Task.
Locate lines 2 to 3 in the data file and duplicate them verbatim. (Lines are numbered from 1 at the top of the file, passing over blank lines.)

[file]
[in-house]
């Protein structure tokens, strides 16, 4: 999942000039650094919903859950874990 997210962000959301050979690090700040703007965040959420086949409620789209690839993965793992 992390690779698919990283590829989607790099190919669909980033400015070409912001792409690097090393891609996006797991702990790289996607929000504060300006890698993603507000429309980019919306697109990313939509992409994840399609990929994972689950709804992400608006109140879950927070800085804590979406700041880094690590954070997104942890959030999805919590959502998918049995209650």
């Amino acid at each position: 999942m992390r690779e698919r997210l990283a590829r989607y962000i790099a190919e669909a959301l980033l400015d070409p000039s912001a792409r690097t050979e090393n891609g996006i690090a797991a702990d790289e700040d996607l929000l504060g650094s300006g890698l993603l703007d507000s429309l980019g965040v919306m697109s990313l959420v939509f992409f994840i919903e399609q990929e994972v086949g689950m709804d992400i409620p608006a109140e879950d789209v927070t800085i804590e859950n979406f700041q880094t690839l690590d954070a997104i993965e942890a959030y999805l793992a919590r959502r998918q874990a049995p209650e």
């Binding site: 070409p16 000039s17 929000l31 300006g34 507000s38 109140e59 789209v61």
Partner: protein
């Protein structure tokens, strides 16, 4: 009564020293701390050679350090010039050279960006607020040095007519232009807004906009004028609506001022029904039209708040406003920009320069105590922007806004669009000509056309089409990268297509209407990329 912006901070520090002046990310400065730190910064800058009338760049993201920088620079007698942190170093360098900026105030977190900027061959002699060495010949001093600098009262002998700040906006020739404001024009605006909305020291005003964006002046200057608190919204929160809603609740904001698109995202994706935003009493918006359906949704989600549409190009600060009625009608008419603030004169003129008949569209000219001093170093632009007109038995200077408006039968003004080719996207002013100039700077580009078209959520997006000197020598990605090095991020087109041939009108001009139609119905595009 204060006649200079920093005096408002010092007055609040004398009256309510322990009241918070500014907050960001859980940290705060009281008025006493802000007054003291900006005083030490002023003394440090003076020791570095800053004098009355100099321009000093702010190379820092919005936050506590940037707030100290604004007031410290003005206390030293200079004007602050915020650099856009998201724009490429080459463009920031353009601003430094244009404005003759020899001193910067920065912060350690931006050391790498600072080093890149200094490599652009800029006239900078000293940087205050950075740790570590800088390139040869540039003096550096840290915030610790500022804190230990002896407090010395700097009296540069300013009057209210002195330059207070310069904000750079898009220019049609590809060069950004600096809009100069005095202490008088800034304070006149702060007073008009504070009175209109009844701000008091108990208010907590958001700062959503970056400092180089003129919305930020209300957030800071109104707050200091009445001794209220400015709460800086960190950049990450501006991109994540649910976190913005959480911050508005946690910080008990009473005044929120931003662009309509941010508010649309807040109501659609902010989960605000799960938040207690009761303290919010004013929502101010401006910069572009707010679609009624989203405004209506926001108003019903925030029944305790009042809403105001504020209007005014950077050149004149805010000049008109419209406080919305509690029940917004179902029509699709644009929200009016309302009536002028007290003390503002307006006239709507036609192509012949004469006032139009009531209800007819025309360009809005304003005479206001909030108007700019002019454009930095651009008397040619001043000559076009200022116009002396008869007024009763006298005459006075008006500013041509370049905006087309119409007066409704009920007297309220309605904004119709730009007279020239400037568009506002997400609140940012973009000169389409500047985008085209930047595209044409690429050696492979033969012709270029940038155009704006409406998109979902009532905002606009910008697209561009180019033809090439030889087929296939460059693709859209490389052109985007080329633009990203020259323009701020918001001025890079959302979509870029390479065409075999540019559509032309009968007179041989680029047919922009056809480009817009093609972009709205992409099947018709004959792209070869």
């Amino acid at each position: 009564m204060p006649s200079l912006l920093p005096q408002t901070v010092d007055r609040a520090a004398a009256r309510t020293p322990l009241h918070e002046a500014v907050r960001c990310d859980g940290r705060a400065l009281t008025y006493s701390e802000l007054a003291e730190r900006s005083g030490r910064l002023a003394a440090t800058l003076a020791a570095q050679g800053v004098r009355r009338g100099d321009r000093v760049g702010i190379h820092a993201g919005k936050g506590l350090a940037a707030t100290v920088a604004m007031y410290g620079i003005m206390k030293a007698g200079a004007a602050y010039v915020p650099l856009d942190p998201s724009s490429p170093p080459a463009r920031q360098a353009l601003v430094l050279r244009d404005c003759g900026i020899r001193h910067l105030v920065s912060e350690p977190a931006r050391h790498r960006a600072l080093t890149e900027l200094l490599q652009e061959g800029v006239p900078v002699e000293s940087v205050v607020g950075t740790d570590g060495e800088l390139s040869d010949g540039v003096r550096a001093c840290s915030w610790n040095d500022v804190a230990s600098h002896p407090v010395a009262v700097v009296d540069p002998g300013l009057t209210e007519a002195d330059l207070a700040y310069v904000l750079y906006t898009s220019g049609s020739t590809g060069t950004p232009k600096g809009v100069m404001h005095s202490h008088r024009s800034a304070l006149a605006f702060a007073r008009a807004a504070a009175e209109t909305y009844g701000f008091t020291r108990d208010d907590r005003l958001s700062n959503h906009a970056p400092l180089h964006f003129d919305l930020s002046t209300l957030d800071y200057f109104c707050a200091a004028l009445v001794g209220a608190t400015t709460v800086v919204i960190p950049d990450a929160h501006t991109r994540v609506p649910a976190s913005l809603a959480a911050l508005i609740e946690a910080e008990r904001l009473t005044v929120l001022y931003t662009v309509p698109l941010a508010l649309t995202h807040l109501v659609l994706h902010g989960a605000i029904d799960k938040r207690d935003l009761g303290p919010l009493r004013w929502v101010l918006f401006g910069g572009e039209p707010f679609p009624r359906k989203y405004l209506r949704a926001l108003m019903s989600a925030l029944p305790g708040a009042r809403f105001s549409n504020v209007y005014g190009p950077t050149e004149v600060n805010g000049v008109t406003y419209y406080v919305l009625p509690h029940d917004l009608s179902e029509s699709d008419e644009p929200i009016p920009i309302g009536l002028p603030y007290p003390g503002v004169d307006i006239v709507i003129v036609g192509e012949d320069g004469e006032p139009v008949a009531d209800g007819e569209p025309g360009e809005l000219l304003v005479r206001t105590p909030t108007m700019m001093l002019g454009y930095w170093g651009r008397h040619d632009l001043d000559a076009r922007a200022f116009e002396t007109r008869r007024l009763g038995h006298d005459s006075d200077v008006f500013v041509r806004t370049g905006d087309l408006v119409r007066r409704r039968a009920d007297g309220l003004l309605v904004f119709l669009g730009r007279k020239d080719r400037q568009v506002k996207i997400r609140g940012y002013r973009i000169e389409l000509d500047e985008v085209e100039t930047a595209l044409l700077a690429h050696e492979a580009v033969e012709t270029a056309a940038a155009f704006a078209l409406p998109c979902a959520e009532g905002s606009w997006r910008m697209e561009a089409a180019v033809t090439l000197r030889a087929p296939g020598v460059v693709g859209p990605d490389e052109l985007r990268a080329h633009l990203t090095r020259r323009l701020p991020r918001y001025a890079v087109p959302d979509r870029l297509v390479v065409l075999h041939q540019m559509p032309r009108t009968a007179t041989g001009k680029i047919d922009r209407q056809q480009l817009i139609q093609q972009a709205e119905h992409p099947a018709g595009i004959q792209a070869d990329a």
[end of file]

């Protein structure tokens, strides 16, 4: 999942000039650094919903859950874990 997210962000959301050979690090700040703007965040959420086949409620789209690839993965793992 992390690779698919990283590829989607790099190919669909980033400015070409912001792409690097090393891609996006797991702990790289996607929000504060300006890698993603507000429309980019919306697109990313939509992409994840399609990929994972689950709804992400608006109140879950927070800085804590979406700041880094690590954070997104942890959030999805919590959502998918049995209650």
């Amino acid at each position: 999942m992390r690779e698919r997210l990283a590829r989607y962000i790099a190919e669909a959301l980033l400015d070409p000039s912001a792409r690097t050979e090393n891609g996006i690090a797991a702990d790289e700040d996607l929000l504060g650094s300006g890698l993603l703007d507000s429309l980019g965040v919306m697109s990313l959420v939509f992409f994840i919903e399609q990929e994972v086949g689950m709804d992400i409620p608006a109140e879950d789209v927070t800085i804590e859950n979406f700041q880094t690839l690590d954070a997104i993965e942890a959030y999805l793992a919590r959502r998918q874990a049995p209650e």